This is better than a Cimmaron. The Cimmaron looked much the same as the Cavalier, just with slightly different trim. The BLS at least has it’s own sheetmetal. No one will think it’s a Saab 9-3 at first glance.

    I also don’t buy that they’re ripping off the 300. This is quite simply a Saab 9-3 made to look like a Cadillac CTS. And the styling of the CTS has been polarizing, but it has also been a sales success.

    Inside, the resemblance to the Saab is greater. The chrome surround is coming to all Cadillac interiors. It’s already in the SRX.

    In the end, the main problem with this car is that the 9-3 also isn’t competitive in this segment. It’s been at or near the bottom of every comparison test in the U.S. (not sure about Europe). It’s not bad, but merely adequate in a segment that includes a number of stars. There’s not enough of the personality that used to make Saabs attractive to some people.

    And I suspect that the same is true of the BLS, there’s just not enough personality here to make anyone strongly desire the car.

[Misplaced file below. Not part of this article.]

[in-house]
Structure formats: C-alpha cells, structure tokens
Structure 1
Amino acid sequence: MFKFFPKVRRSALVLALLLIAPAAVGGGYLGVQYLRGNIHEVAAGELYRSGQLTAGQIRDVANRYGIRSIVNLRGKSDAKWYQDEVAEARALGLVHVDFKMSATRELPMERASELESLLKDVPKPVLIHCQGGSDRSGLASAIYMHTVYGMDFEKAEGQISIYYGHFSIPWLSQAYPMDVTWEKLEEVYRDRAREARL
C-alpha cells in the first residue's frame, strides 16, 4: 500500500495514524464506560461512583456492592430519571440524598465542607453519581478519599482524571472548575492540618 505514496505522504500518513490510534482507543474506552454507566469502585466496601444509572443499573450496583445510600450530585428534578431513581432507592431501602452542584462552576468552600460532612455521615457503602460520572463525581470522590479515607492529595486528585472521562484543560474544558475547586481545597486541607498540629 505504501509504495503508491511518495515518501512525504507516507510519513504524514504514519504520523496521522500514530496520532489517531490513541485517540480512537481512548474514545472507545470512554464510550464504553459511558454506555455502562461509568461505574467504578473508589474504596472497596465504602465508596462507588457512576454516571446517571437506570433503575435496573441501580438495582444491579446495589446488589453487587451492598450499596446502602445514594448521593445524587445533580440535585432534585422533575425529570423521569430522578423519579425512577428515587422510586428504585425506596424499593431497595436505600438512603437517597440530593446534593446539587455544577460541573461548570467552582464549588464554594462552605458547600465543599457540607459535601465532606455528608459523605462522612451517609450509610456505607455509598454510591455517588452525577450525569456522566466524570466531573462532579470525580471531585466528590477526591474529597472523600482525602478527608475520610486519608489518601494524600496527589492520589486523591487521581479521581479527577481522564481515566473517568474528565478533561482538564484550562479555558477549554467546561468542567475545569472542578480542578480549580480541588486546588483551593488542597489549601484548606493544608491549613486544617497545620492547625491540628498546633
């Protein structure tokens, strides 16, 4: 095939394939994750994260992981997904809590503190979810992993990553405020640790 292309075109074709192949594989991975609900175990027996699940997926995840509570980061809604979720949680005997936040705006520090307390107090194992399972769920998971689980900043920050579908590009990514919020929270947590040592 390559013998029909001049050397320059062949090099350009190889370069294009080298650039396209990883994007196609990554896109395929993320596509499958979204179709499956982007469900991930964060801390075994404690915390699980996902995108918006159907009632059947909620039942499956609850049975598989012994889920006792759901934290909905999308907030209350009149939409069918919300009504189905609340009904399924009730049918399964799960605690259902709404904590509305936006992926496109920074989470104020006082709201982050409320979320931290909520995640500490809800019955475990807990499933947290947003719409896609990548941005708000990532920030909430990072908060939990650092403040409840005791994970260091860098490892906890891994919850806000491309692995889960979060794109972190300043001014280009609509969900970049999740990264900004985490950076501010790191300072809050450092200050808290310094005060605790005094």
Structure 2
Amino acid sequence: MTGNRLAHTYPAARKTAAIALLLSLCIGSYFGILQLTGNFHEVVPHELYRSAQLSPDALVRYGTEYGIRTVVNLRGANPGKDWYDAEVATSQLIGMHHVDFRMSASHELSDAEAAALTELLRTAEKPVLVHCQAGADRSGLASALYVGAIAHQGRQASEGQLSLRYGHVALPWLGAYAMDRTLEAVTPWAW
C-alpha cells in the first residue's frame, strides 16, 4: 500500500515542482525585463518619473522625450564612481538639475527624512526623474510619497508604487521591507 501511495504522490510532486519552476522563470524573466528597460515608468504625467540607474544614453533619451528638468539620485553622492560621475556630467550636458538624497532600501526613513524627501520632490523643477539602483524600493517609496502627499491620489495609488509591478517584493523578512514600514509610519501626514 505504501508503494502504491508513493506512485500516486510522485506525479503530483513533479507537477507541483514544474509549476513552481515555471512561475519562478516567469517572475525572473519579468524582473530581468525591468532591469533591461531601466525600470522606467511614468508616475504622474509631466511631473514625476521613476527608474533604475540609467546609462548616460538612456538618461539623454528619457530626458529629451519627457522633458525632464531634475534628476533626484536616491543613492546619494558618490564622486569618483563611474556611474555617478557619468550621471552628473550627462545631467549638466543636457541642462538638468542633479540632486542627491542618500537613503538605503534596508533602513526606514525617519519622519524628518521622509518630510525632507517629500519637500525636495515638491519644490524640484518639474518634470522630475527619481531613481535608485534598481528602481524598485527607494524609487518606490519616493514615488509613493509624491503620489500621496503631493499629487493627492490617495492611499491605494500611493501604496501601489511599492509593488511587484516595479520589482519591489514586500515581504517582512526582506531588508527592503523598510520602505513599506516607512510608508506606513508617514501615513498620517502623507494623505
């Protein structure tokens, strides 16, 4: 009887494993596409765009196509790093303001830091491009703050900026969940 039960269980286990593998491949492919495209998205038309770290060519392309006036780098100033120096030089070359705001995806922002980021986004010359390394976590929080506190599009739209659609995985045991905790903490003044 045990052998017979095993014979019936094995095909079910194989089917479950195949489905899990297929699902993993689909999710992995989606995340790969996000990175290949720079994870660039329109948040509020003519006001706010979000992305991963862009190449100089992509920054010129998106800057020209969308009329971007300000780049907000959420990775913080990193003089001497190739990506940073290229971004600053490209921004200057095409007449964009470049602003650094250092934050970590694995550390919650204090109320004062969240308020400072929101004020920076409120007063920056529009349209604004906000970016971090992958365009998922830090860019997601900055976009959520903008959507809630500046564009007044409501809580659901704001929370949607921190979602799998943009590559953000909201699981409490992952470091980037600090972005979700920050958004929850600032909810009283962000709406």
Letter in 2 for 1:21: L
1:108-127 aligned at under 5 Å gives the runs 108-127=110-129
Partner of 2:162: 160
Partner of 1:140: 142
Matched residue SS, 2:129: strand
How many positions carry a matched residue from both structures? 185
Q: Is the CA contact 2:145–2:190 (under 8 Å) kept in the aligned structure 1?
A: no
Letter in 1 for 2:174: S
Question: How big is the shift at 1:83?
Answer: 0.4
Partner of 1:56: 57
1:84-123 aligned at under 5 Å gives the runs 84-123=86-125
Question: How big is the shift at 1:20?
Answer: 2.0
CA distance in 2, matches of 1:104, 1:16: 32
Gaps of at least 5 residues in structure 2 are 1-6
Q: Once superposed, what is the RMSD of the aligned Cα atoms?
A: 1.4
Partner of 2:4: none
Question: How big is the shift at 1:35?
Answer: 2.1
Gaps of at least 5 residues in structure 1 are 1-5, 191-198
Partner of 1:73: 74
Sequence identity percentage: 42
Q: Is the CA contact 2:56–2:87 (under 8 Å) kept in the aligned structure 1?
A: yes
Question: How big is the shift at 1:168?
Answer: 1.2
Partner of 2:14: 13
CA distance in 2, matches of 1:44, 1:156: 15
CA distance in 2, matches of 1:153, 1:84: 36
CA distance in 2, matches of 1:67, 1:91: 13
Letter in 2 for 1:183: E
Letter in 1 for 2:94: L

• avatar

    It is not unique to American manufacturers, just watch Mercedes slowly erode its quality and how people are reacting to that.

    The truth.

  • avatar

    It PAINS me that America can’t build the world’s best luxury car. Why the Hell not?

    Its borderline embarrassing as well and I dont have a “Nationalistic” bone in my body.

    Fire the MBAs, Get rid of the wussy-assed/cry-baby/parasitic labor laws, point the remote at the idiot box and hit “off”, stick the remote in ear and hit “on”, throw out the granola bars, run a mile, eat a ribeye, roll up sleeves, get to work.

    Would this make Toyota/Honda/BMW quake ? I would think so.

  • avatar

    well i dunno. Caddy is doin OK , i think, with the arts and science stuff, tho it is not to my liking personally. I was in a big DTS for a week, it was wonderful, if you like your living room to come with u on trips! Not a bad thing, really. Just not my cup of tea. But whispered conversations at 80 mph are possible with the rear seat occupants – it was magical.